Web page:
Canon's hybrid DSLR gains some welcomed video upgrades
The 80D outfitted with the new EF-S 18-135mm f/3.5-5.6 IS USM kit lens and the optional PZ-E1 Power Zoom Adapter and Canon DM-E1 Directional Stereo Microphone.
Given the introduction of Dual Pixel CMOS AF technology on the 70D, it was clear that this DSLR was designed as more of a hybrid camera for both still images and video than perhaps earlier video-capable EOS cameras. The 80D continues this dual-purpose focus, with a strong emphasis on video performance. And while the 80D might not offer groundbreaking new video features, or even increasingly popular ones such as 4K resolutions, high-speed video modes or clean HDMI output, there are some welcomed improvements on the video front for the 80D.
For starters, thanks to the DIGIC 6 processor, the camera now offers Full HD video capture up to 60p, making it much more versatile for capturing faster action video and other moving subjects. Of course, 30p and 24p options as well as the PAL-specific 25p and 50p framerates are also available for 1080p footage. Furthermore, the 80D now features Canon's HDR movie and in-camera time-lapse video modes, as well as a variety of real-time movie filters for additional creative options.
The 80D offers a choice of video file formats and quality settings, but quality comes at a price, unfortunately. For the highest quality, videographers can choose the MOV file format, which uses 90Mbps ALL-I intra-frame compression. However, there's a caveat: only 30p and 24p (29.97 and 23.98 fps, respectively) framerates are available in this mode.
To get 60p footage, you'll need to use MP4-format video, which uses IPB compression (at approximately 60Mbps for 60p video). Full HD IPB video using the MP4 format is also offered in 30p and 24p framerates, as well as 720/60p. IPB Light compression is also available for both 1080/30p and 720/30p, which can help extend the capacity of your memory card. The in-camera HDR movie mode produces a 1080/30p video using IPB-compressed MP4 video as well.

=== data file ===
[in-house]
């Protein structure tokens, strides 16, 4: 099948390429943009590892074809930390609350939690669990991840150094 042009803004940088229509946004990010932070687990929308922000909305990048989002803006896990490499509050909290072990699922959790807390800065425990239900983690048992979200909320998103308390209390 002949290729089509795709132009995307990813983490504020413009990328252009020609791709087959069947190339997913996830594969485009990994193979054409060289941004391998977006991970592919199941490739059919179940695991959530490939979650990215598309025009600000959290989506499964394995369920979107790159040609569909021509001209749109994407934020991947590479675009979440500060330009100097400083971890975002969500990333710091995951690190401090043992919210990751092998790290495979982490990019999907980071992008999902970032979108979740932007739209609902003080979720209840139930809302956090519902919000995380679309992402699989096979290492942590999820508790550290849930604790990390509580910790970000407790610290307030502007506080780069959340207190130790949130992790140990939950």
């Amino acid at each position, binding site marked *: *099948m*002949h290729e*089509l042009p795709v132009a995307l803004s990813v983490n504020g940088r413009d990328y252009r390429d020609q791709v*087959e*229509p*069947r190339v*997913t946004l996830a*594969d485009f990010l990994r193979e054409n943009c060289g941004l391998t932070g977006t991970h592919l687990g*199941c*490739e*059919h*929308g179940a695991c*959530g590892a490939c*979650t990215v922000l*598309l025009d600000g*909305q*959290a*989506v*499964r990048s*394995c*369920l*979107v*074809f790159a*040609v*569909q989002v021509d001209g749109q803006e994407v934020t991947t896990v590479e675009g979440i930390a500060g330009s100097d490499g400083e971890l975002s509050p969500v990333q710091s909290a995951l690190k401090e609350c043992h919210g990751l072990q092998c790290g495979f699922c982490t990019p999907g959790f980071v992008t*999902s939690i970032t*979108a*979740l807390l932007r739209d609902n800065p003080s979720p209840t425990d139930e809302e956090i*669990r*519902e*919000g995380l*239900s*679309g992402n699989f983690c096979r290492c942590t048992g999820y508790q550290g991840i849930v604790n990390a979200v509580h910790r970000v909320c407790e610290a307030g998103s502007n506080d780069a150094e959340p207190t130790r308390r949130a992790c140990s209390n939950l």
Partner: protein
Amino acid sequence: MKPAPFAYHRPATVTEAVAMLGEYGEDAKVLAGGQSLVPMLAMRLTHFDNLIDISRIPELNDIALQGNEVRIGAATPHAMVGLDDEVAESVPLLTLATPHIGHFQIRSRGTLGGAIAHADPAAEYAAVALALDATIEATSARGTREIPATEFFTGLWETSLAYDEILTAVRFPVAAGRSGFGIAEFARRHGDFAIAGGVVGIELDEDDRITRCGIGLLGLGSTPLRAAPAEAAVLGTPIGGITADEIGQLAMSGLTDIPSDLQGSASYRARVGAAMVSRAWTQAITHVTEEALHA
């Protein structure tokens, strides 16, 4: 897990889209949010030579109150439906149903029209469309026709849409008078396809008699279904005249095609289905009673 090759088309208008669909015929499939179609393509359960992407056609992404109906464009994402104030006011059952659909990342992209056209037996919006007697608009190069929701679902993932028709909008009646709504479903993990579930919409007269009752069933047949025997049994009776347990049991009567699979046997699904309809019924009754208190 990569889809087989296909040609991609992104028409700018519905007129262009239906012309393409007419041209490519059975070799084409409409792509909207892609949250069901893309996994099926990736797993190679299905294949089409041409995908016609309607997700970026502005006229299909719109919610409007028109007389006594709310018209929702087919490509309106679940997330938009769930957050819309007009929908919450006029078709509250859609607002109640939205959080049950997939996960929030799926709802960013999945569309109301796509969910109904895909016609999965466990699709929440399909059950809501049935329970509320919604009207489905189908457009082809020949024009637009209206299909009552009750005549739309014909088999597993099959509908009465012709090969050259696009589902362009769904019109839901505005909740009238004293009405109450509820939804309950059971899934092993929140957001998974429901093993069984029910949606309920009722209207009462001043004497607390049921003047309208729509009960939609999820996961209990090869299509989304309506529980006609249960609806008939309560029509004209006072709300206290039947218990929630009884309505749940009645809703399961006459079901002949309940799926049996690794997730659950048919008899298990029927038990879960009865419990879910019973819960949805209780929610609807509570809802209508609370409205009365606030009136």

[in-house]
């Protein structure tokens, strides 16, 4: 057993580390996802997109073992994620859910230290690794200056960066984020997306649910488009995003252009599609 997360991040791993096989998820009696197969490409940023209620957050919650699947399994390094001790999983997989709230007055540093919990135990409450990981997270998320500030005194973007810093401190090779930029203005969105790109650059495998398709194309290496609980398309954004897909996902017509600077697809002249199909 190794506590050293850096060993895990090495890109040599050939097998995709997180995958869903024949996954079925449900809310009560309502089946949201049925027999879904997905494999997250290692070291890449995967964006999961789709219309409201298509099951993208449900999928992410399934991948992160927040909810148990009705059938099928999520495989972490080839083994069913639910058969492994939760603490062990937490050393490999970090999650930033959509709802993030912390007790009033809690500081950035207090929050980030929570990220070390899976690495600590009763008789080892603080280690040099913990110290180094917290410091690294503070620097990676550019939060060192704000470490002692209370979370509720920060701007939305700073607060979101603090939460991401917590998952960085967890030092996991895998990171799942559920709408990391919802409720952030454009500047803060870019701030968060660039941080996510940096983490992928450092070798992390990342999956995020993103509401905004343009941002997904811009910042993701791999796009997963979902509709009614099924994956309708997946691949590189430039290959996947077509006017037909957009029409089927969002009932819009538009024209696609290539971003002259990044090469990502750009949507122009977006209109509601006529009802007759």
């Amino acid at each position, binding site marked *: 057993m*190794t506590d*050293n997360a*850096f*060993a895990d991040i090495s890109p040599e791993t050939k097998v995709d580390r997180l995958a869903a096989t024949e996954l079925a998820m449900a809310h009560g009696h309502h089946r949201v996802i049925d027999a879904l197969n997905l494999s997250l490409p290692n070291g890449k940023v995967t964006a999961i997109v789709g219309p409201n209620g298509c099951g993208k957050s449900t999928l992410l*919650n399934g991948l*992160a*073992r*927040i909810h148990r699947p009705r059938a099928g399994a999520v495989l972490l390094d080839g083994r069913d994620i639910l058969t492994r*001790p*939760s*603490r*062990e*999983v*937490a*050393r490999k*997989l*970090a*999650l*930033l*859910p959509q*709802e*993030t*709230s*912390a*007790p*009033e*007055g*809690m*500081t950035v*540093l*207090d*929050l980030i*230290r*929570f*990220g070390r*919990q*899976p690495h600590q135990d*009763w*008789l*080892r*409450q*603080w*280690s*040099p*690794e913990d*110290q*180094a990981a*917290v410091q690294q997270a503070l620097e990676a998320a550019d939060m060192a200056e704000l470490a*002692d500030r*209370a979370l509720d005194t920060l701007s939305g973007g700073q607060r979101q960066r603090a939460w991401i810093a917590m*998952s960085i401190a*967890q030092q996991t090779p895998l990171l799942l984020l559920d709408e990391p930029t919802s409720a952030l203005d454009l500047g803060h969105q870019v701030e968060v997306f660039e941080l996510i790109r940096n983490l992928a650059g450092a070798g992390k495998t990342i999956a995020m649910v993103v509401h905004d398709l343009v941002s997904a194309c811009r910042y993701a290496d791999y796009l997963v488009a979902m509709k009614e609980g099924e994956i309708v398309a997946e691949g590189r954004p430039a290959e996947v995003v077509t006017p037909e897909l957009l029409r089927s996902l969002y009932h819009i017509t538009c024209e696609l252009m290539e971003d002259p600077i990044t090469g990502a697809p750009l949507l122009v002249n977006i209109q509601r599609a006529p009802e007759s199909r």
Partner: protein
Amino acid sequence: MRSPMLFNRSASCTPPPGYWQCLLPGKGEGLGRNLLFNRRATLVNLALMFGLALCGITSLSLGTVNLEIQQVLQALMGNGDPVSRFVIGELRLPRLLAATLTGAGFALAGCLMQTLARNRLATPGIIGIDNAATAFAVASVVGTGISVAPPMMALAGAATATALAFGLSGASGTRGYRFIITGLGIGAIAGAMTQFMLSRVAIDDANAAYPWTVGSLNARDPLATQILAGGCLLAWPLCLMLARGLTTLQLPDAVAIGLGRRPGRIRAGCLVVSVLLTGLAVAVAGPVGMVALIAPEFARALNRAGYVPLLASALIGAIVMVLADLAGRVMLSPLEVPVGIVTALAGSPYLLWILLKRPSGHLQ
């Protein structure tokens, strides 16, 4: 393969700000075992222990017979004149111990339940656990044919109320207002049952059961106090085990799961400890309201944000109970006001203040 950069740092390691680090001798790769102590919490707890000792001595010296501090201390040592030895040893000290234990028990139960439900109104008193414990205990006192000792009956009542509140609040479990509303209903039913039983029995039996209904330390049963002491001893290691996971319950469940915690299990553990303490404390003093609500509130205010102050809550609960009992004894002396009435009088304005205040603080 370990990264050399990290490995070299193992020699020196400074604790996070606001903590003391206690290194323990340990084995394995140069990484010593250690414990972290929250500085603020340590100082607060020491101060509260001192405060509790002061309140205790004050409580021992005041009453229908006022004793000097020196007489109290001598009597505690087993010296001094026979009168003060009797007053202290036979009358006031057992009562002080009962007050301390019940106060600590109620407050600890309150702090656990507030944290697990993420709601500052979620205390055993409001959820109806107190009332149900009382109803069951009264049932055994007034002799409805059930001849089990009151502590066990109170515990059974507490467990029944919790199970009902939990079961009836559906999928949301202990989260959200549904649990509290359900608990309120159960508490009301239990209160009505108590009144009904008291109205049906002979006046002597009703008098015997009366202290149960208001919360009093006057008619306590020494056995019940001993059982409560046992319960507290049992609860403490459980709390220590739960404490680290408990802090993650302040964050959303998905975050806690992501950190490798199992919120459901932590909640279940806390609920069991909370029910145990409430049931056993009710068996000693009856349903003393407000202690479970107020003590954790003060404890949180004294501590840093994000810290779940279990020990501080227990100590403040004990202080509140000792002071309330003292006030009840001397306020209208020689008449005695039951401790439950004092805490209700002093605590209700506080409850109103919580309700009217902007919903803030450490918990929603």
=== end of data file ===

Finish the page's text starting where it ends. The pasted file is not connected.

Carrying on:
According to Canon specs, both MOV and MP4 video recording is limited to a maximum of 29 minutes and 59 seconds, at which point video recording stops automatically -- and must be restarted manually. However, video can be continuously recording past 4GB file sizes without interruption prior to the 29:59 hard limit.
One of the more welcome additions for video shooters, in our opinion, is the inclusion of a headphone jack. What was formerly reserved for the higher-end 5D Mark III and 7D Mark II, the 80D's headphone jack allows for the live monitoring of audio during video capture. Combined with the 3.5mm microphone input jack, the expanded audio capabilities make the 80D a much more capable video rig than its predecessor.
And while we're on the subject of audio capture, alongside the release of the 80D, Canon is debuting their first Canon-branded external microphone, the DM-E1. This hot-shoe-mounted directional stereo microphone can be tilted up and down from 90 to 120 degrees, includes a shock-mount design and comes with a fuzzy wind screen covering for additional wind filtering. This powered microphone draws its juice from a single "button-type" lithium cell battery.
Best of both worlds with new "Nano-USM" kit lens
What would a camera be without a lens? With the new 80D, the camera is offered in a kit configuration with an all-new EF-S 18-135mm f/3.5-5.6 IS USM lens. However, while this may sound like the typical longer-reaching zoom kit lens from years past, there are some unique features with this new model.
For starters, this is the first Canon lens to utilize their new "Nano-USM" focusing motor technology. The Nano-USM technology should allow for the fast focusing speed for still photos that's characteristic of Canon's traditional USM or DC motor lenses, but also offers smooth and quiet focusing for video similar to an STM-based lens. It's the best of both worlds. According to Canon, the driving speed of the focusing lens is up to 4.3x faster at telephoto and 2.5x faster at wide angle than the previous 18-135mm STM lens.